Where does art fit into our lives and into our city? There are cities in this state that have so many galleries full of work by professional artists that you would be hard pressed to find work by amateurs hanging anywhere. Albuquerque is not like that. We find space for all comers and because of this, we are a more inclusive, more diverse and more expressive city. Not to run any other place down, but in Albuquerque we wear our art on our sleeves. By that I mean, it is just as likely to be found on our cars, curbs, arroyos or appendages than sequestered in a gallery.
Presumably, if you are a city employee, you make your living working for the city, not working as an artist. It follows then that the City of Albuquerque Employee Art Exhibit at the South Broadway Cultural Center is an amateur show hung for reasons other than making a profit. The works in this exhibit come from 40 employees from approximately 15 city departments. Many are not for sale.
One of particular note is a photograph titled “Stop Rowing for a Second” by Sarita Nair. It depicts an oar out of water on a quiet lake. The message is fitting for this show, given the context. It reminds us to take a moment to look around.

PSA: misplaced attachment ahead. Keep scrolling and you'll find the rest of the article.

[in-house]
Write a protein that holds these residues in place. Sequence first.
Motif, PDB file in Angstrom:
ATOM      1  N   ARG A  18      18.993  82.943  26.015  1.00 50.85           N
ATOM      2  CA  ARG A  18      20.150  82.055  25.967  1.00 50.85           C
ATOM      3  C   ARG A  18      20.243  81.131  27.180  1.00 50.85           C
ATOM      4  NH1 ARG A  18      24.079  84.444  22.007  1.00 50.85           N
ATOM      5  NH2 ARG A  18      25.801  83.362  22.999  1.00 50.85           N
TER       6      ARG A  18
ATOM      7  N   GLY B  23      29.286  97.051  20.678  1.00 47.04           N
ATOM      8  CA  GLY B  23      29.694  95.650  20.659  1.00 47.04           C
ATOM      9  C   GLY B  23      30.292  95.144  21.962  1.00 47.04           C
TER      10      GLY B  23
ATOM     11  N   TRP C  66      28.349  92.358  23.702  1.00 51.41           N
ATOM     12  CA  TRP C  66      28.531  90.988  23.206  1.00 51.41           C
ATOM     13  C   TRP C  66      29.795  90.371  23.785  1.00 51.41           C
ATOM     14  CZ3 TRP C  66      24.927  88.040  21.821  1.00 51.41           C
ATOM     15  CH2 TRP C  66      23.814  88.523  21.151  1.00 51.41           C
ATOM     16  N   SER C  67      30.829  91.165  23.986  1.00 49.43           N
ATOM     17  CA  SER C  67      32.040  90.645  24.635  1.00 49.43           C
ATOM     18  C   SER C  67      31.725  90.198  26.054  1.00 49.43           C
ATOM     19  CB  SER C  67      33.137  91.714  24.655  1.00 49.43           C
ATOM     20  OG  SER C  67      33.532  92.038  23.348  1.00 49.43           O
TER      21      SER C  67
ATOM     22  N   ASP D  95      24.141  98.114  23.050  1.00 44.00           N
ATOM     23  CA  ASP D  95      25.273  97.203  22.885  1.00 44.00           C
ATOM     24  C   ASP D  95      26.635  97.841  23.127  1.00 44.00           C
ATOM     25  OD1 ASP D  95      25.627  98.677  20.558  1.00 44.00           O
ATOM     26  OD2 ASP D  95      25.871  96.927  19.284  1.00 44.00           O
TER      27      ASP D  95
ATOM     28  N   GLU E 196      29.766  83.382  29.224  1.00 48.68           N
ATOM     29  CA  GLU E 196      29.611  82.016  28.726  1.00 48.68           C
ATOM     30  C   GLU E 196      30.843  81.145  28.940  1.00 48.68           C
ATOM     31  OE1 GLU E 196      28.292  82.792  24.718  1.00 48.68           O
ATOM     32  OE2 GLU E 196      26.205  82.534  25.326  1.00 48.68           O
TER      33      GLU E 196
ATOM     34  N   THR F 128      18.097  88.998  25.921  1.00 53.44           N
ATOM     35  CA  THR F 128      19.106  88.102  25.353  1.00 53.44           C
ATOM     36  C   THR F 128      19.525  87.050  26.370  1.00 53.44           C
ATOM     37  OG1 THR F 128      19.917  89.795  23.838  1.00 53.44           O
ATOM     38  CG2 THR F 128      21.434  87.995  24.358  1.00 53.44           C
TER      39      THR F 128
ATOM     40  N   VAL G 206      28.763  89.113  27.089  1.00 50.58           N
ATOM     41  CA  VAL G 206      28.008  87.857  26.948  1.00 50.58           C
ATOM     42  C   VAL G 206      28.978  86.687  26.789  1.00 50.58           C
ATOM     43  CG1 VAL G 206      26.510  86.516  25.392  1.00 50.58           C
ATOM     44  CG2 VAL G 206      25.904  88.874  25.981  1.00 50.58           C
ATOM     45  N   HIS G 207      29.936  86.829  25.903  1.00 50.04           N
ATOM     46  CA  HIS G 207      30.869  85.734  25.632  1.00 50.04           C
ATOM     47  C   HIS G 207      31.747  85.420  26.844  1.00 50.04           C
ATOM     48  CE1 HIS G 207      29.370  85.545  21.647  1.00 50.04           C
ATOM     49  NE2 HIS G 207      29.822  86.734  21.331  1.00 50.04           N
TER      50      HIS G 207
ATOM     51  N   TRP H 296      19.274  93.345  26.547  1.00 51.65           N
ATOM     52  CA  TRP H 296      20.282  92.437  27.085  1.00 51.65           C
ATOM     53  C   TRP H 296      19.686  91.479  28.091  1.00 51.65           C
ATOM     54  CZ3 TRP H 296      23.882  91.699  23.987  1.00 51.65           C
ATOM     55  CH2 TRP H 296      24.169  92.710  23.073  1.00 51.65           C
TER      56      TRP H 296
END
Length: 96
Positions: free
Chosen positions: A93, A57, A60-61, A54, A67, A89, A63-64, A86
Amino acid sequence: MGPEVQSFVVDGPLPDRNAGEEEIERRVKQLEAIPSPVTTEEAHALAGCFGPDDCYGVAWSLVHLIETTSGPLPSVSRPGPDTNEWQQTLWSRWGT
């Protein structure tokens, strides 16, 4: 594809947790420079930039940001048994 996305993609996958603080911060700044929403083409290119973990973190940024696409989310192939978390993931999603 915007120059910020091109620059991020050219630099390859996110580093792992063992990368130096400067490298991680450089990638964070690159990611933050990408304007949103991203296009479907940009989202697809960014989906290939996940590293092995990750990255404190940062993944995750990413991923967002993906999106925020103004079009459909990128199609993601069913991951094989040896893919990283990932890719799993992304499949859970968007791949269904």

The qualities of context dictate so much of our judgments. We judge by reputation, experience and association. We walk into galleries to consider art and artists the same way. Don’t fool yourself. Walk into the South Broadway Cultural Center gallery space with an open mind and consider what you are looking at, not what you brought with you. The space is really is a beautiful place to see artwork, in this case, work likely only seen in the homes and offices of city employees. Begin with the works themselves and then back your way into a fresh perspective on the context of their creation. Then maybe, with a broader, more nuanced view, consider the people that make this city run.